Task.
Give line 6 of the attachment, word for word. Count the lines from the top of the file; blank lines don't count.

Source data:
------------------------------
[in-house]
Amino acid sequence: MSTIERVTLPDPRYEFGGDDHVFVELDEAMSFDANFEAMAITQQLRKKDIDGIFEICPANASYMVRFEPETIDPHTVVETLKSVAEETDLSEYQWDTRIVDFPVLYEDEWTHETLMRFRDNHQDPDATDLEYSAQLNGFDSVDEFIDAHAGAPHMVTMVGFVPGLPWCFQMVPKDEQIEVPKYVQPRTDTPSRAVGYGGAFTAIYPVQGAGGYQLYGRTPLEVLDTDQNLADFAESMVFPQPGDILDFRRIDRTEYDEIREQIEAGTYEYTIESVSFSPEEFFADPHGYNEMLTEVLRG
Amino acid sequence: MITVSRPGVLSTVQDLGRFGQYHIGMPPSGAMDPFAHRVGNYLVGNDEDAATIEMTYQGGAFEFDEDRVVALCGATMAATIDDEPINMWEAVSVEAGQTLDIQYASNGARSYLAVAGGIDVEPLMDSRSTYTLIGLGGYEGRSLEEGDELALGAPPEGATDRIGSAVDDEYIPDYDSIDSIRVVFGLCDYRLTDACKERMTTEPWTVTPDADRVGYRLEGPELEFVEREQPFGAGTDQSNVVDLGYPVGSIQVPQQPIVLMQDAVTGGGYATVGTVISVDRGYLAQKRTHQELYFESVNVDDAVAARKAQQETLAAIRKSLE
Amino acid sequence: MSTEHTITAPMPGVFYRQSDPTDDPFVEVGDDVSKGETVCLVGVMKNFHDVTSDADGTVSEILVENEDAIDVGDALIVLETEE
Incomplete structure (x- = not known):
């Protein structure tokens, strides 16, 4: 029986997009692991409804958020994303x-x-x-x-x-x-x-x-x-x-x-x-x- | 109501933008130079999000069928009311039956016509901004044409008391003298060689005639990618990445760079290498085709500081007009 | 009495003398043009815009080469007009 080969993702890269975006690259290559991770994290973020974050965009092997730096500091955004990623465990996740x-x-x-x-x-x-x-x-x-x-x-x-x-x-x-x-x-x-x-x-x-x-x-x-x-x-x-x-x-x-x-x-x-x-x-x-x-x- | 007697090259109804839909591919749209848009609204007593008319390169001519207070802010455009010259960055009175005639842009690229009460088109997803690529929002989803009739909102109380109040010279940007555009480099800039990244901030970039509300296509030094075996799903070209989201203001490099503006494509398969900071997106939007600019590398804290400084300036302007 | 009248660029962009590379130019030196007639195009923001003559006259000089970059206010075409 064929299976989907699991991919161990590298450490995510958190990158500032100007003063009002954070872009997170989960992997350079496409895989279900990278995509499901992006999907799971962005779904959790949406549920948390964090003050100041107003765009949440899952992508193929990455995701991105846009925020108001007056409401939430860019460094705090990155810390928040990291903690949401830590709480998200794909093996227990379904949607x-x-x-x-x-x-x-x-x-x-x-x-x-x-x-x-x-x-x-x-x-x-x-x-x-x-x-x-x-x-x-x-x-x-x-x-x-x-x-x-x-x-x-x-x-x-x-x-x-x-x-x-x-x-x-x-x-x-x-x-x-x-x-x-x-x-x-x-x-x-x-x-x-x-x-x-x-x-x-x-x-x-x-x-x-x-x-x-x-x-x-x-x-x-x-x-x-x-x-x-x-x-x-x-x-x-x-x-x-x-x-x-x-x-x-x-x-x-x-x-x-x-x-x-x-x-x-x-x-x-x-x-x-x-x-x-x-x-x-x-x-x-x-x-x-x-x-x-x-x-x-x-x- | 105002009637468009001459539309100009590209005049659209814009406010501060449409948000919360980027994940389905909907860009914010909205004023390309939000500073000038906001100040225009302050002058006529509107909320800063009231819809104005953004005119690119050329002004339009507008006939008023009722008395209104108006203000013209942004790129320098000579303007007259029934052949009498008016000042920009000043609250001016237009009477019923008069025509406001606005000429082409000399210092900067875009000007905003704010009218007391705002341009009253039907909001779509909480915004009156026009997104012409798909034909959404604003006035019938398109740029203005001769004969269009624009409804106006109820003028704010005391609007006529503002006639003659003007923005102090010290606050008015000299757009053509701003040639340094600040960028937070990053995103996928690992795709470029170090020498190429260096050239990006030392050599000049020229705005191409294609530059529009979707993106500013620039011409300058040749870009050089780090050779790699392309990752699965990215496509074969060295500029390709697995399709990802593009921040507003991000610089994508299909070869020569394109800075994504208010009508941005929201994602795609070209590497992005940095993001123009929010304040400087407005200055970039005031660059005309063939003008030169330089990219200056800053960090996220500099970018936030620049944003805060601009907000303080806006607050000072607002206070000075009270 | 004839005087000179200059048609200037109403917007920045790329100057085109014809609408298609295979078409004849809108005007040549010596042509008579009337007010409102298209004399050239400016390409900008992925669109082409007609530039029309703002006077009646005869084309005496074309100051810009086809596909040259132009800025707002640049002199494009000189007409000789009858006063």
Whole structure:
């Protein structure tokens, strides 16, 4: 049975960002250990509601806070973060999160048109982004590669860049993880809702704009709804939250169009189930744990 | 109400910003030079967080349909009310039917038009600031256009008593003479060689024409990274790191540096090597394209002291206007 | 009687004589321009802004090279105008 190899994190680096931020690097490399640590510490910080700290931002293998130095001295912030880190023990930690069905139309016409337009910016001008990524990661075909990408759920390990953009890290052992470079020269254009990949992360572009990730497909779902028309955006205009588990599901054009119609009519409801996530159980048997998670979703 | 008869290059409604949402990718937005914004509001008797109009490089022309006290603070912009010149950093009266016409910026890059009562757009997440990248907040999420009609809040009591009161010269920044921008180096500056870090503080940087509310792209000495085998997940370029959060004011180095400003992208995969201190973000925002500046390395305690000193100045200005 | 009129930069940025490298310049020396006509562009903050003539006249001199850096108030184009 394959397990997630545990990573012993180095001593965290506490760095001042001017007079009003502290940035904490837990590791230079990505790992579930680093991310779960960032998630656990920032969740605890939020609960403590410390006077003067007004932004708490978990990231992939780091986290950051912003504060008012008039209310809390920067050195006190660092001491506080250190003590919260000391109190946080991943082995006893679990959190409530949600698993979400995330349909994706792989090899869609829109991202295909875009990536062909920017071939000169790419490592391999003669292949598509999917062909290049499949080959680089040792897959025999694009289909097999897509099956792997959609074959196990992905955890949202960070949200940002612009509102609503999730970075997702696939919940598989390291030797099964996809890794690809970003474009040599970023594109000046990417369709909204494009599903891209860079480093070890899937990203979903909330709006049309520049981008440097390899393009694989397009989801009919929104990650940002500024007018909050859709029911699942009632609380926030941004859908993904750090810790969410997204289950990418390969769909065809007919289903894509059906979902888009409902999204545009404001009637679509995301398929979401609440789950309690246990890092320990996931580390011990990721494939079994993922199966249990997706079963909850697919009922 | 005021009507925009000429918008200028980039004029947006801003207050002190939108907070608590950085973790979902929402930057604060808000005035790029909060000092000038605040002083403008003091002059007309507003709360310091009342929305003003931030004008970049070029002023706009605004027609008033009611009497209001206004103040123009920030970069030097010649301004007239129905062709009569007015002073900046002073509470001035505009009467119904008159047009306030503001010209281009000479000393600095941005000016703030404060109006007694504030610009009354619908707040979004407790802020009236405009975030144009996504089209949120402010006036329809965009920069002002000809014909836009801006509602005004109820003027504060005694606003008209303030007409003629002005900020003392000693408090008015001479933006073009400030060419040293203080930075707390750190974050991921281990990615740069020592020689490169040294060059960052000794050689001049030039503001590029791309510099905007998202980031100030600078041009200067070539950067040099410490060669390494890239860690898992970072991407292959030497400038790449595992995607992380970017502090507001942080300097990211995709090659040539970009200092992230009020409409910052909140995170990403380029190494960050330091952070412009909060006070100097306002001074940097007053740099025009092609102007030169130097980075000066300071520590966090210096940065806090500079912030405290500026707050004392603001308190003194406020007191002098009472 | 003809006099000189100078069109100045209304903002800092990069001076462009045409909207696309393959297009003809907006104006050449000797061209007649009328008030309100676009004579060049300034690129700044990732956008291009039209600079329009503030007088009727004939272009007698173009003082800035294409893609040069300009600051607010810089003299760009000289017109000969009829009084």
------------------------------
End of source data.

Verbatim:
């Protein structure tokens, strides 16, 4: 029986997009692991409804958020994303x-x-x-x-x-x-x-x-x-x-x-x-x- | 109501933008130079999000069928009311039956016509901004044409008391003298060689005639990618990445760079290498085709500081007009 | 009495003398043009815009080469007009 080969993702890269975006690259290559991770994290973020974050965009092997730096500091955004990623465990996740x-x-x-x-x-x-x-x-x-x-x-x-x-x-x-x-x-x-x-x-x-x-x-x-x-x-x-x-x-x-x-x-x-x-x-x-x-x- | 007697090259109804839909591919749209848009609204007593008319390169001519207070802010455009010259960055009175005639842009690229009460088109997803690529929002989803009739909102109380109040010279940007555009480099800039990244901030970039509300296509030094075996799903070209989201203001490099503006494509398969900071997106939007600019590398804290400084300036302007 | 009248660029962009590379130019030196007639195009923001003559006259000089970059206010075409 064929299976989907699991991919161990590298450490995510958190990158500032100007003063009002954070872009997170989960992997350079496409895989279900990278995509499901992006999907799971962005779904959790949406549920948390964090003050100041107003765009949440899952992508193929990455995701991105846009925020108001007056409401939430860019460094705090990155810390928040990291903690949401830590709480998200794909093996227990379904949607x-x-x-x-x-x-x-x-x-x-x-x-x-x-x-x-x-x-x-x-x-x-x-x-x-x-x-x-x-x-x-x-x-x-x-x-x-x-x-x-x-x-x-x-x-x-x-x-x-x-x-x-x-x-x-x-x-x-x-x-x-x-x-x-x-x-x-x-x-x-x-x-x-x-x-x-x-x-x-x-x-x-x-x-x-x-x-x-x-x-x-x-x-x-x-x-x-x-x-x-x-x-x-x-x-x-x-x-x-x-x-x-x-x-x-x-x-x-x-x-x-x-x-x-x-x-x-x-x-x-x-x-x-x-x-x-x-x-x-x-x-x-x-x-x-x-x-x-x-x-x-x-x- | 105002009637468009001459539309100009590209005049659209814009406010501060449409948000919360980027994940389905909907860009914010909205004023390309939000500073000038906001100040225009302050002058006529509107909320800063009231819809104005953004005119690119050329002004339009507008006939008023009722008395209104108006203000013209942004790129320098000579303007007259029934052949009498008016000042920009000043609250001016237009009477019923008069025509406001606005000429082409000399210092900067875009000007905003704010009218007391705002341009009253039907909001779509909480915004009156026009997104012409798909034909959404604003006035019938398109740029203005001769004969269009624009409804106006109820003028704010005391609007006529503002006639003659003007923005102090010290606050008015000299757009053509701003040639340094600040960028937070990053995103996928690992795709470029170090020498190429260096050239990006030392050599000049020229705005191409294609530059529009979707993106500013620039011409300058040749870009050089780090050779790699392309990752699965990215496509074969060295500029390709697995399709990802593009921040507003991000610089994508299909070869020569394109800075994504208010009508941005929201994602795609070209590497992005940095993001123009929010304040400087407005200055970039005031660059005309063939003008030169330089990219200056800053960090996220500099970018936030620049944003805060601009907000303080806006607050000072607002206070000075009270 | 004839005087000179200059048609200037109403917007920045790329100057085109014809609408298609295979078409004849809108005007040549010596042509008579009337007010409102298209004399050239400016390409900008992925669109082409007609530039029309703002006077009646005869084309005496074309100051810009086809596909040259132009800025707002640049002199494009000189007409000789009858006063």